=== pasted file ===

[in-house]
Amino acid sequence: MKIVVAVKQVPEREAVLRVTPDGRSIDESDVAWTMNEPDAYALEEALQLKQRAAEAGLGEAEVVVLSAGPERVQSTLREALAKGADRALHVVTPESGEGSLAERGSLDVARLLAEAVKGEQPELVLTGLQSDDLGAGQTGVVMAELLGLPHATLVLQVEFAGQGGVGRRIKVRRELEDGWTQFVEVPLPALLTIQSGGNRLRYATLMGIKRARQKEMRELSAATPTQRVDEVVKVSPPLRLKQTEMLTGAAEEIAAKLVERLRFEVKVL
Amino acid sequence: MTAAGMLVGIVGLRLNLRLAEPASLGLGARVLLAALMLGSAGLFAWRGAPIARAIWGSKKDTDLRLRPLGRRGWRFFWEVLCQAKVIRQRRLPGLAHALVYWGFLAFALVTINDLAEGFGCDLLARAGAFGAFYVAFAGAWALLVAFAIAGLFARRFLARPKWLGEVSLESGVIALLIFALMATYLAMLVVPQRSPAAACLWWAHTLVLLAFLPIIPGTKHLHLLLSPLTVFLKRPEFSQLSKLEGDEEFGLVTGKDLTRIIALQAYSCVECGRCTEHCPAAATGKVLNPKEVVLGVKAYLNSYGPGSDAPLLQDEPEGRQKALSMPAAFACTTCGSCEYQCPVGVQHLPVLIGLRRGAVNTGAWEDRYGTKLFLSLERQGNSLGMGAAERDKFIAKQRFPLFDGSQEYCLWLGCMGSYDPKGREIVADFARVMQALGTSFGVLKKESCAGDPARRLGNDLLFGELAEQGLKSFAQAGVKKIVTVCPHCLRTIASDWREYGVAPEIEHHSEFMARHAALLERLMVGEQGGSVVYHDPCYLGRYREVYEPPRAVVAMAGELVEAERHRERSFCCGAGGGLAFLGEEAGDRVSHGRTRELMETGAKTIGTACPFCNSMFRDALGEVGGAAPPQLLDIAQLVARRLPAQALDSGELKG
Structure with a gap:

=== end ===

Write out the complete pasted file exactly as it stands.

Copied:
[in-house]
Amino acid sequence: MKIVVAVKQVPEREAVLRVTPDGRSIDESDVAWTMNEPDAYALEEALQLKQRAAEAGLGEAEVVVLSAGPERVQSTLREALAKGADRALHVVTPESGEGSLAERGSLDVARLLAEAVKGEQPELVLTGLQSDDLGAGQTGVVMAELLGLPHATLVLQVEFAGQGGVGRRIKVRRELEDGWTQFVEVPLPALLTIQSGGNRLRYATLMGIKRARQKEMRELSAATPTQRVDEVVKVSPPLRLKQTEMLTGAAEEIAAKLVERLRFEVKVL
Amino acid sequence: MTAAGMLVGIVGLRLNLRLAEPASLGLGARVLLAALMLGSAGLFAWRGAPIARAIWGSKKDTDLRLRPLGRRGWRFFWEVLCQAKVIRQRRLPGLAHALVYWGFLAFALVTINDLAEGFGCDLLARAGAFGAFYVAFAGAWALLVAFAIAGLFARRFLARPKWLGEVSLESGVIALLIFALMATYLAMLVVPQRSPAAACLWWAHTLVLLAFLPIIPGTKHLHLLLSPLTVFLKRPEFSQLSKLEGDEEFGLVTGKDLTRIIALQAYSCVECGRCTEHCPAAATGKVLNPKEVVLGVKAYLNSYGPGSDAPLLQDEPEGRQKALSMPAAFACTTCGSCEYQCPVGVQHLPVLIGLRRGAVNTGAWEDRYGTKLFLSLERQGNSLGMGAAERDKFIAKQRFPLFDGSQEYCLWLGCMGSYDPKGREIVADFARVMQALGTSFGVLKKESCAGDPARRLGNDLLFGELAEQGLKSFAQAGVKKIVTVCPHCLRTIASDWREYGVAPEIEHHSEFMARHAALLERLMVGEQGGSVVYHDPCYLGRYREVYEPPRAVVAMAGELVEAERHRERSFCCGAGGGLAFLGEEAGDRVSHGRTRELMETGAKTIGTACPFCNSMFRDALGEVGGAAPPQLLDIAQLVARRLPAQALDSGELKG
Structure with a gap: